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Research Studies is a monthly compilation of research articles funded by AHRQ or authored by AHRQ researchers and recently published in journals or newsletters.
Results1 to 7 of 7 Research Studies Displayed
Shah SC, Canakis A, Peek RM
Endoscopy for gastric cancer screening is cost effective for Asian Americans in the United States.
Endoscopic screening for gastric cancer is routine in some countries with high incidence and is associated with reduced gastric cancer-related mortality. Immigrants from countries of high incidence to low incidence of gastric cancer retain their elevated risk, but no screening recommendations have been made for these groups in the United States. In this study the investigators aimed to determine the cost effectiveness of different endoscopic screening strategies for noncardia gastric cancer, compared with no screening, among Chinese, Filipino, Southeast Asian, Vietnamese, Korean, and Japanese Americans.
Citation: Shah SC, Canakis A, Peek RM . Endoscopy for gastric cancer screening is cost effective for Asian Americans in the United States. Clin Gastroenterol Hepatol 2020 Dec;18(13):3026-39. doi: 10.1016/j.cgh.2020.07.031..
Keywords: Cancer, Digestive Disease and Health, Screening, Racial / Ethnic Minorities, Healthcare Costs
Koller KR, Day GE, Hiratsuka VY
Increase in diabetes among urban Alaska Native people in the Alaska EARTH follow-up study: a call for prediabetes screening, diagnosis, and referral for intervention.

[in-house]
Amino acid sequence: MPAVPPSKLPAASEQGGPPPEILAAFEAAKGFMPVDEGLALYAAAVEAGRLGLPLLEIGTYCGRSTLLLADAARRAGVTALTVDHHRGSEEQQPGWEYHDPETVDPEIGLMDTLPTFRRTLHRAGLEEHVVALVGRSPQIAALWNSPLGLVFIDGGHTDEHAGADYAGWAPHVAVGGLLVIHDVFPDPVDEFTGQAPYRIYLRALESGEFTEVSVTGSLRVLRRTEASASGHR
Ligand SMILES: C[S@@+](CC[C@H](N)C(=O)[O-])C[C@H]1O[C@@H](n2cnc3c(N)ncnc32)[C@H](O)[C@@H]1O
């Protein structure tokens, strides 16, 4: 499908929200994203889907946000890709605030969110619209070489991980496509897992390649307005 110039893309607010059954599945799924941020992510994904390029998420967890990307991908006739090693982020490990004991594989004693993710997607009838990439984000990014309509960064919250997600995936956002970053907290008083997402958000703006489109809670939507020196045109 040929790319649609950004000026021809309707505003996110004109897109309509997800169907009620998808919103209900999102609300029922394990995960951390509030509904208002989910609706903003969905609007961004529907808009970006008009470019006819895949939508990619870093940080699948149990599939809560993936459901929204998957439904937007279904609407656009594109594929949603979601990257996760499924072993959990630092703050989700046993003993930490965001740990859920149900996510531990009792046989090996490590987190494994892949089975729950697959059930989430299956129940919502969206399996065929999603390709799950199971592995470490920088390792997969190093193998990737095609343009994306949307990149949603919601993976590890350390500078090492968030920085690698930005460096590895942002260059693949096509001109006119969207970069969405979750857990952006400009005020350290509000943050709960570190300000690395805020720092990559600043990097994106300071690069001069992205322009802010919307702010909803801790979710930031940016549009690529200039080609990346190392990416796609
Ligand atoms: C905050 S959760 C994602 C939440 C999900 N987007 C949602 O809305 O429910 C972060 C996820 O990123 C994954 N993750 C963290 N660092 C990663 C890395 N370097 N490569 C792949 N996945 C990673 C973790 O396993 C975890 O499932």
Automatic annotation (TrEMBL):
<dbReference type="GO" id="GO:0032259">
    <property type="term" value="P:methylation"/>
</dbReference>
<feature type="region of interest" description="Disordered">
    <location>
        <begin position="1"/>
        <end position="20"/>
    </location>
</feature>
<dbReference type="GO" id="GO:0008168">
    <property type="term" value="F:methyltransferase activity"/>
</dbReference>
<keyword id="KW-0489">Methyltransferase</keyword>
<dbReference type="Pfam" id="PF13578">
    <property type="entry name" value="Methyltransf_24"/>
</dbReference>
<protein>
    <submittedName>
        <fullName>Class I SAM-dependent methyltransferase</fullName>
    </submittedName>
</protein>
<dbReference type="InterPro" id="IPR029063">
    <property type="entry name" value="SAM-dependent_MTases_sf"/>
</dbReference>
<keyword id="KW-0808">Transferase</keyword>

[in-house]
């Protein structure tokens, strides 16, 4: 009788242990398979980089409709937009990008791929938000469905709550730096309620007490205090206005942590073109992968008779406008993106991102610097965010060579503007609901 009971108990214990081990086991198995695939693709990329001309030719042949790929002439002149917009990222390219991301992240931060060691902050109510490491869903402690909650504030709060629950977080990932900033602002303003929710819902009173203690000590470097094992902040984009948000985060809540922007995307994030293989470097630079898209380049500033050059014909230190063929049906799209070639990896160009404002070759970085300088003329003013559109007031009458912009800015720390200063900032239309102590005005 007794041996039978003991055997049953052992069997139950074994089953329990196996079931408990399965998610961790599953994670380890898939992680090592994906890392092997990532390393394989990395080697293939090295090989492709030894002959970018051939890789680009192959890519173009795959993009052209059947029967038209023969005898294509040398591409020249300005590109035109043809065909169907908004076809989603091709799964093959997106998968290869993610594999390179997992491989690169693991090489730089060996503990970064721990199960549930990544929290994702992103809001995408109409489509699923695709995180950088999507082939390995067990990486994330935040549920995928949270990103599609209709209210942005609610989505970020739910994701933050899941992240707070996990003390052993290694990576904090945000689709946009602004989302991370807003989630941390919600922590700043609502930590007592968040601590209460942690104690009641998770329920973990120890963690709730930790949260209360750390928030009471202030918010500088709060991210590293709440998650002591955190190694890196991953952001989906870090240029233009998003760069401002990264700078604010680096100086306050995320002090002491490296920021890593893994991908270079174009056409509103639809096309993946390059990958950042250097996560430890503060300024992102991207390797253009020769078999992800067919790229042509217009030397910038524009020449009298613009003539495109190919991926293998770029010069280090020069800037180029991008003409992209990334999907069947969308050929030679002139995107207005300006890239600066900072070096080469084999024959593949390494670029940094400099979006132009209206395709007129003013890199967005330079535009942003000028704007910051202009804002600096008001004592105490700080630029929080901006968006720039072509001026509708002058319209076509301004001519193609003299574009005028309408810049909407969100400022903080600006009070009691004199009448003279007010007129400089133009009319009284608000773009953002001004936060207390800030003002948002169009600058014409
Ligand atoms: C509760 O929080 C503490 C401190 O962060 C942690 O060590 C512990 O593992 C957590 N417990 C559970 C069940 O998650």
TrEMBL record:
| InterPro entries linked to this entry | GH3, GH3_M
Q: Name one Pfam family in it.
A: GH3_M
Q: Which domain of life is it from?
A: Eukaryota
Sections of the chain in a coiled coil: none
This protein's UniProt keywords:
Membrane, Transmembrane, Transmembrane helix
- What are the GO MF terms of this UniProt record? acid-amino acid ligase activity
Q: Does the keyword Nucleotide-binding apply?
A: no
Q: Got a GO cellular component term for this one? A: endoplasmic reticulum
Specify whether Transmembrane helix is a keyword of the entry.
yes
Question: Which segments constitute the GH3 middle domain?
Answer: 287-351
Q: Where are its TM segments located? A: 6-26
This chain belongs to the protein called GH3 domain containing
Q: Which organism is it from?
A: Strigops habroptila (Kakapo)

This study estimated incidence of diabetes (DM) and pre-DM relative to DM risk factors among relatively healthy Alaska Native and American Indian (AN) adults living in urban south-central Alaska. Results showed that, controlling for age and sex, obesity, abdominal adiposity, pre-DM, and metabolic syndrome independently increased DM risk. Recommendations included advising health care providers of AN populations to seize the opportunity to screen, refer, and treat individuals with pre-DM and other modifiable DM risk factors prior to DM diagnosis in order to alter the epidemiologic course of disease progression in this urban AN population.
Citation: Koller KR, Day GE, Hiratsuka VY . Increase in diabetes among urban Alaska Native people in the Alaska EARTH follow-up study: a call for prediabetes screening, diagnosis, and referral for intervention. Diabetes Res Clin Pract 2020 Sep;167:108357. doi: 10.1016/j.diabres.2020.108357..